When we left South Louisiana the temperatures were still in the 90's. As we drove north to western NY, we lived in a rarified state in our vehicle, not realizing the changes in the outdoor atmosphere,only getting out occasionally for gas fillups, etc. And speaking of that, when we started out we were paying $2.89 a gallon at the pump. By the time we got to the NYS border, we had been paying somewhere around $2.39, which was a pleasant surprise. (On our way back down south, we were shocked and thrilled to see gasoline as low as $1.91 at some places.) I remembered how high the NYS Thruway gas station prices are, so we stopped near the Penna/NYS border to tank up before entering NY. Across the street from the gas station was this pretty fruit stand. The whole setting, including the light chill in the air said, "Fall". We went to investigate and see if we could find any fresh cider; we knew it had to be there. Last Fall Cappy had taken great pleasure in his first glassful with the obligatory cake doughnut, so we considered it now to be a tradition that just couldn't be passed up. Other customers were busily loading baskets of juicy grapes, pears, peaches, and other fruits freshly harvested, into their cars and trucks, quietly talking amongst themselves about their finds in the market.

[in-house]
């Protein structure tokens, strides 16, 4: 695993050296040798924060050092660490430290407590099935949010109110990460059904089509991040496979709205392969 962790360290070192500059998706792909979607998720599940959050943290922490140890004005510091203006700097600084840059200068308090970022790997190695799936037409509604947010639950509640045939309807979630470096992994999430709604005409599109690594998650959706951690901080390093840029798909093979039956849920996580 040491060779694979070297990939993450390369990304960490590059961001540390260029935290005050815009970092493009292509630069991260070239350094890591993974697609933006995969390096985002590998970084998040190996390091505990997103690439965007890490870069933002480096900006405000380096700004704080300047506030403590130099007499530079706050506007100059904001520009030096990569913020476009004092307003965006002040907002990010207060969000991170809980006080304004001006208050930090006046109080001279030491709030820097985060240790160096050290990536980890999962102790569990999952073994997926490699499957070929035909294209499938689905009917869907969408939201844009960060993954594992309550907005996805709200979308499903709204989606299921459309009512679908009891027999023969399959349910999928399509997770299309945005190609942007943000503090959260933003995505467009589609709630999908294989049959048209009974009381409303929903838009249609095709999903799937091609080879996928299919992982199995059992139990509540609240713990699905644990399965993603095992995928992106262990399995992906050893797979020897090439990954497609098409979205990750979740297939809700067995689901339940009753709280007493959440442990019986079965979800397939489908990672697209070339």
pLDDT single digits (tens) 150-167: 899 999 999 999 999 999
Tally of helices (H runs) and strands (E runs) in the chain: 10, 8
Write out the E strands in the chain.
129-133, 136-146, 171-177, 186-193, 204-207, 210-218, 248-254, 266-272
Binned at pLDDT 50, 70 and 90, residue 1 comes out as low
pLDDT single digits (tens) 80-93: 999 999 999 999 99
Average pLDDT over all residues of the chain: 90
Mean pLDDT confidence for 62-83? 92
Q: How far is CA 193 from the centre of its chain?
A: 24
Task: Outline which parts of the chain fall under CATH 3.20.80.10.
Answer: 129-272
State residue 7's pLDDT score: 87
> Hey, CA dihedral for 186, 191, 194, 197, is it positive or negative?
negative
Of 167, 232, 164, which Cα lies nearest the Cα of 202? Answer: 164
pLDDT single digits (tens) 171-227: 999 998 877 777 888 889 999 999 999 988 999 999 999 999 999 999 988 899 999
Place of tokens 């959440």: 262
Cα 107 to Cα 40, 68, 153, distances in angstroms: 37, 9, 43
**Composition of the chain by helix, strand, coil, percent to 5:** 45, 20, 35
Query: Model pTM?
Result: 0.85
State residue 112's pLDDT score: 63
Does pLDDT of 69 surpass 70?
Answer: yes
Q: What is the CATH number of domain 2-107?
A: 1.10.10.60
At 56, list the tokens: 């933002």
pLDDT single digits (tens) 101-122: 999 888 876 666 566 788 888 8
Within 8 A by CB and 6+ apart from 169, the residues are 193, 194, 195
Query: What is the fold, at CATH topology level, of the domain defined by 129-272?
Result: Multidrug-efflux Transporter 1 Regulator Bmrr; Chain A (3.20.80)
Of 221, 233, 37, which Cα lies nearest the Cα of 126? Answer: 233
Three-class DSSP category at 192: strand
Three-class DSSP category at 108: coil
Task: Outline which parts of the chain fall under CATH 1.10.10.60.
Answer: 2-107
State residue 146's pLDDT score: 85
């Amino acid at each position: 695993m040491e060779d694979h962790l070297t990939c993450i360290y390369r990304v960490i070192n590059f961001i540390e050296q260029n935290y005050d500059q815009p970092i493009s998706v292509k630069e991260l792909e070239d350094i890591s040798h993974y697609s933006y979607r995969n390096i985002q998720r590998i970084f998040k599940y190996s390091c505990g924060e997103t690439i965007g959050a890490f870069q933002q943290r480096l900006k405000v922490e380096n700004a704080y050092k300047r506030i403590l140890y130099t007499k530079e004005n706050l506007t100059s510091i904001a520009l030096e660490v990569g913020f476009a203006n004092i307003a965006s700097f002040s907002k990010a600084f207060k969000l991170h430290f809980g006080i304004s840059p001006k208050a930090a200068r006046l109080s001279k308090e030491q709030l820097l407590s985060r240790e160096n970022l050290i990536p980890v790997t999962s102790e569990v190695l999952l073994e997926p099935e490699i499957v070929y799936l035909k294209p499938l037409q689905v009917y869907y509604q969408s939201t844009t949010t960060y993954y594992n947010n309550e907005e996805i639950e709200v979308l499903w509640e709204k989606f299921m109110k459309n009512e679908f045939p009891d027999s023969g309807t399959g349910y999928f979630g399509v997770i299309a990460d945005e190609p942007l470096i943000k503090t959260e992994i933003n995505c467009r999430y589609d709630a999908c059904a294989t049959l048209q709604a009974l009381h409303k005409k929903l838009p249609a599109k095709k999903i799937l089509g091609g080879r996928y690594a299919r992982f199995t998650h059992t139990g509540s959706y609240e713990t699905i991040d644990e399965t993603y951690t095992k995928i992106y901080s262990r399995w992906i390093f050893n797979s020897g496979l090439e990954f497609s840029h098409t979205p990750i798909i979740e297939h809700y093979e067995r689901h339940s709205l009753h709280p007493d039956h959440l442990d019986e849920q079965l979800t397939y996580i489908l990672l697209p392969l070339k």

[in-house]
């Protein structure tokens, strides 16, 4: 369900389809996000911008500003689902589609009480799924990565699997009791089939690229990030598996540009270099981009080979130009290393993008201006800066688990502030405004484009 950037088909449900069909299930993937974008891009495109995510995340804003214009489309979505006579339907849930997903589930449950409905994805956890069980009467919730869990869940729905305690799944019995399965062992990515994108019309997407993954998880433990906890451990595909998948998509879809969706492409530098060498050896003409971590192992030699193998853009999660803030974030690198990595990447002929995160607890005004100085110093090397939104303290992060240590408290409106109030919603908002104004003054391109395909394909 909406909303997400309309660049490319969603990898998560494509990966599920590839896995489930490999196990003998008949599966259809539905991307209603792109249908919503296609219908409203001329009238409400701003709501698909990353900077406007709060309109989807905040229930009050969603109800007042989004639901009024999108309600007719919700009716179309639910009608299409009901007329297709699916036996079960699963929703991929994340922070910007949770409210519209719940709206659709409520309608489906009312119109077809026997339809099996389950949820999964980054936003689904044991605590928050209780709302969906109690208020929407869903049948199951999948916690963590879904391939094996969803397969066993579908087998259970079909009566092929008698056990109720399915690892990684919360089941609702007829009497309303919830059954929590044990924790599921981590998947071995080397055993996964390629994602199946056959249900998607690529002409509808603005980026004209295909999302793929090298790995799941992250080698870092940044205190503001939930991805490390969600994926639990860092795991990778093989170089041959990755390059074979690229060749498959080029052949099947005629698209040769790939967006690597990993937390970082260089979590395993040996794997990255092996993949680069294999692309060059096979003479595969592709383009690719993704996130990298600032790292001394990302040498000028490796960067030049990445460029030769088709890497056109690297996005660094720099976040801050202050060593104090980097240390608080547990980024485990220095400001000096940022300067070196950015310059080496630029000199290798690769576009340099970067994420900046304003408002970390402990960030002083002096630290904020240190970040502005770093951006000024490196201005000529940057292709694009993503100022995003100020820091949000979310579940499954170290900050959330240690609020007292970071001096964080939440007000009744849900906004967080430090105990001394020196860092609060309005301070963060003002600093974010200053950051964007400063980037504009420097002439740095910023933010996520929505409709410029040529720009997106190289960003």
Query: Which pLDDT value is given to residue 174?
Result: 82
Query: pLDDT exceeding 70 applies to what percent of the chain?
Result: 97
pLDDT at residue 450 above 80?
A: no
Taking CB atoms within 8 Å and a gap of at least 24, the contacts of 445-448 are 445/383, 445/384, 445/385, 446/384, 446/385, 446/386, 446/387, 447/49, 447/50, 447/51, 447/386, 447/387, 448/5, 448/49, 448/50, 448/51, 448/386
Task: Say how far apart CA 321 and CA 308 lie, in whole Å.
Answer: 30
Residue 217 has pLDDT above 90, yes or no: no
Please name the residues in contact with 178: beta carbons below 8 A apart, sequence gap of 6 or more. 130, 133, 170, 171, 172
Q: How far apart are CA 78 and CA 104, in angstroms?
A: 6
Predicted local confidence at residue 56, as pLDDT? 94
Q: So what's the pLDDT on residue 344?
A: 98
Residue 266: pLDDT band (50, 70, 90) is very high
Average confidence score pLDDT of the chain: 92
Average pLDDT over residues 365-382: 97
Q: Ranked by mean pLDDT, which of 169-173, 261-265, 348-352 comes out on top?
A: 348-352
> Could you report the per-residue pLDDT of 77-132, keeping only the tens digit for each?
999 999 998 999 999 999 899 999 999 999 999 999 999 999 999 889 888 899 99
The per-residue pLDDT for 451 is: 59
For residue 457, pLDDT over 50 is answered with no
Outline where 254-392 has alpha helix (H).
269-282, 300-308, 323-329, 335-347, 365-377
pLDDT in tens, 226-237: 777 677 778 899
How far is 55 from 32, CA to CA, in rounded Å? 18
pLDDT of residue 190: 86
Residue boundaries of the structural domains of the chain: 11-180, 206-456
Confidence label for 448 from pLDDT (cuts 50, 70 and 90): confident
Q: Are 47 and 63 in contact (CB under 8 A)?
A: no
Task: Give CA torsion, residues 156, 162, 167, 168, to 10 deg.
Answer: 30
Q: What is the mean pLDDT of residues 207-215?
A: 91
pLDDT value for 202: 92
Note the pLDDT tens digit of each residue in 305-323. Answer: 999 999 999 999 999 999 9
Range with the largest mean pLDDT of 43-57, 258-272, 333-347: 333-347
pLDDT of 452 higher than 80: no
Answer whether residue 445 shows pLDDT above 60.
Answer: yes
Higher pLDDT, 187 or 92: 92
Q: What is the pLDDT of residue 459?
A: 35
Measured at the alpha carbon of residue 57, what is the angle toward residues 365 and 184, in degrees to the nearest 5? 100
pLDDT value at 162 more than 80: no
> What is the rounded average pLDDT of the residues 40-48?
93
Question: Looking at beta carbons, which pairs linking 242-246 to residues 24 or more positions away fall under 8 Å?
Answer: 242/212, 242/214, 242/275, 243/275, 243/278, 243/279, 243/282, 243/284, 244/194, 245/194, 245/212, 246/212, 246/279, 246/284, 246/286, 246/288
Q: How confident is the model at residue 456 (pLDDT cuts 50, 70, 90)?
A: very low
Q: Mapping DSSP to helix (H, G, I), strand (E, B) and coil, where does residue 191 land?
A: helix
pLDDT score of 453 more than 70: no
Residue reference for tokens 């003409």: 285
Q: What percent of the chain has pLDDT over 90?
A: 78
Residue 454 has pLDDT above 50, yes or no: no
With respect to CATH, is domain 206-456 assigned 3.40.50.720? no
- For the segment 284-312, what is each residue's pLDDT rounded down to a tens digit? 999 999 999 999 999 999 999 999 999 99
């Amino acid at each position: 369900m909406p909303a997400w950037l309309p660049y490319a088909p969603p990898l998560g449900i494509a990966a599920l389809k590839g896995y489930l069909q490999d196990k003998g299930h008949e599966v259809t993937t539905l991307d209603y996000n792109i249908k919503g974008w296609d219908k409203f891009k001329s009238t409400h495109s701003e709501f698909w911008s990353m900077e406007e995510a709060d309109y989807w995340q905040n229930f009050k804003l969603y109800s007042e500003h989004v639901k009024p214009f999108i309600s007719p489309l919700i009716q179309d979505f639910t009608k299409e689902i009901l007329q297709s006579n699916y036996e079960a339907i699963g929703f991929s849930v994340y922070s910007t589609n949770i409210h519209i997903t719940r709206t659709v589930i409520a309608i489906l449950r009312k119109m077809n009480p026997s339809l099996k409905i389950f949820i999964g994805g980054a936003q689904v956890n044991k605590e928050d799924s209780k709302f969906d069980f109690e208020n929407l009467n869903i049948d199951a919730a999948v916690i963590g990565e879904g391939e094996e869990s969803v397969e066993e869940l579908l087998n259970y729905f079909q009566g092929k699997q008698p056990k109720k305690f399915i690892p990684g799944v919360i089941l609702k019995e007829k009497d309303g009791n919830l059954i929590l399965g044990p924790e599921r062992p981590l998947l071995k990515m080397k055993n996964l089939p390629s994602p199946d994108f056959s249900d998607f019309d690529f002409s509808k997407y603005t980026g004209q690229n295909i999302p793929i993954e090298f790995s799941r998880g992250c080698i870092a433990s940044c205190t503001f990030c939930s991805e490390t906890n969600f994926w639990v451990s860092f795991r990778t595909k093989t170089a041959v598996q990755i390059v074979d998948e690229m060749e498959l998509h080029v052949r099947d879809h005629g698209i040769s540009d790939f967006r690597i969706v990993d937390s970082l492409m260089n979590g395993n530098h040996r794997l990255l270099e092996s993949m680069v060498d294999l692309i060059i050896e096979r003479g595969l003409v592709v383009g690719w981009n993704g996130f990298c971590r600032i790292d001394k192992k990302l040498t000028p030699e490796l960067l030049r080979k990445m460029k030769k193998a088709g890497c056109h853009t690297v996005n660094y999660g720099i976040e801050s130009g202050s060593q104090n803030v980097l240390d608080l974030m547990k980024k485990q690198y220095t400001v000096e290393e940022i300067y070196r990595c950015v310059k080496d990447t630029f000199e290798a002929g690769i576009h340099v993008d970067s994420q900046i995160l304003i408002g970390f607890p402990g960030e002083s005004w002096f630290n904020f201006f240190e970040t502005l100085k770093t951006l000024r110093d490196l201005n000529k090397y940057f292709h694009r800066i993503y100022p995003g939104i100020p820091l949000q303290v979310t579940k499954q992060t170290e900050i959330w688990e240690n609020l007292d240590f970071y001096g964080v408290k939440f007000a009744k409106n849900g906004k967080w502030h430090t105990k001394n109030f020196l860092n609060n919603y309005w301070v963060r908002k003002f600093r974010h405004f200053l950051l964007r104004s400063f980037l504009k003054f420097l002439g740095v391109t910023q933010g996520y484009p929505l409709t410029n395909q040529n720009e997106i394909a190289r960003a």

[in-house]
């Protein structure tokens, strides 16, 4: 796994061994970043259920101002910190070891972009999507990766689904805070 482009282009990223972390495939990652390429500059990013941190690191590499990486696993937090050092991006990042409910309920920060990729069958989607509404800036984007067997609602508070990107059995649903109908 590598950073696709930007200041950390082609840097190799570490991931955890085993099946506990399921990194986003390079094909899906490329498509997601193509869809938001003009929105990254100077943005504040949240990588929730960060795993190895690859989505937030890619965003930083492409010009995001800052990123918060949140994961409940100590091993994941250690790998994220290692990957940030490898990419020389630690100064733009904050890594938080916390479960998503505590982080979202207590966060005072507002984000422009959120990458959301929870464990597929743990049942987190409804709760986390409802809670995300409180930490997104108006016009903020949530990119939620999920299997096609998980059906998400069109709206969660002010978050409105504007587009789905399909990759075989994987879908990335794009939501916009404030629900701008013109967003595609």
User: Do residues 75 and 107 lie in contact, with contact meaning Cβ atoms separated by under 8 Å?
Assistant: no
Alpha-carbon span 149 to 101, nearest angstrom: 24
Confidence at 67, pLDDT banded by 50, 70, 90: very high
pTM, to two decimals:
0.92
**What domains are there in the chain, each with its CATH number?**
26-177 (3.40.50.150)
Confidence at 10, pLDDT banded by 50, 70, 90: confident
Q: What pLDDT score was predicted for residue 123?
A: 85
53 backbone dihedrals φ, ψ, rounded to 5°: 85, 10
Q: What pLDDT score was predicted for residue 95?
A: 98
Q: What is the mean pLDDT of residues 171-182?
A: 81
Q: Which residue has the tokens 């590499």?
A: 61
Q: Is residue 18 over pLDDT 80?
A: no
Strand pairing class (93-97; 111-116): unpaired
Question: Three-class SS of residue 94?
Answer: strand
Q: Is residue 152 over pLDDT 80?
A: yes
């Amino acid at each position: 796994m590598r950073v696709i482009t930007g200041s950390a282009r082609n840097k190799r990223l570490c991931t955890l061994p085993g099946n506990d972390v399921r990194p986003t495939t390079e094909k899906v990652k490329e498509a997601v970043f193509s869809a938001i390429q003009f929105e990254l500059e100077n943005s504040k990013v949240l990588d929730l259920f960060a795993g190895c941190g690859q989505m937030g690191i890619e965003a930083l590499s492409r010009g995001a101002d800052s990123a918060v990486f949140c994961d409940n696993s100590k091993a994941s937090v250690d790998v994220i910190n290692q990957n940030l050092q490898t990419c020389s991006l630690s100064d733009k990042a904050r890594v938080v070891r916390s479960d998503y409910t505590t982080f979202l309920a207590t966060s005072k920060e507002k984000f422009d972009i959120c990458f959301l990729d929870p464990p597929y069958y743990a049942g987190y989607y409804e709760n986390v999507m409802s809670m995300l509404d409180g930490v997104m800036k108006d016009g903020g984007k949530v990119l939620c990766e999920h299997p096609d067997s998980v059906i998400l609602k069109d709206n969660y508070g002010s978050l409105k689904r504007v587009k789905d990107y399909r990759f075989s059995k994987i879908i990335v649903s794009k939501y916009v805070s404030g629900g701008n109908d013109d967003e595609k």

It was a wonderful place to shop and visit. They had candles and jams and jellies and homemade candies and cookies, and many other things too numerous for me to try to remember, but it was great. The people running it couldn't have been more friendly. We were having a warm conversation with one gal at the cash register, who was talking with Cappy about Louisiana...he was wearing a baseball cap with a New Olreans Saints Logo. In mid-sentence we heard a tinny-sounding song start playing, "When the Saints Go Marching In"...it was her cell phone ringing...what are the odds?
We bought a small basket of assorted prettily arranged fruits and nuts, and as they had no cake doughnuts that day, Cappy downed his apple cider and a couple of sugar cookies that looked like my grandmother used to make, years and years ago, cut with a ruffled edge. We hadn't really taken time to eat a proper breakfast or lunch, and by now it was about 3:30 in the afternoon, so we drove on into NYS stuffing handfuls of grapes, peaches, pears and apples into our mouths, still trying to sing along with Jim Croce's CD song, playing Photographs and Memories, for we surely were creating some that day.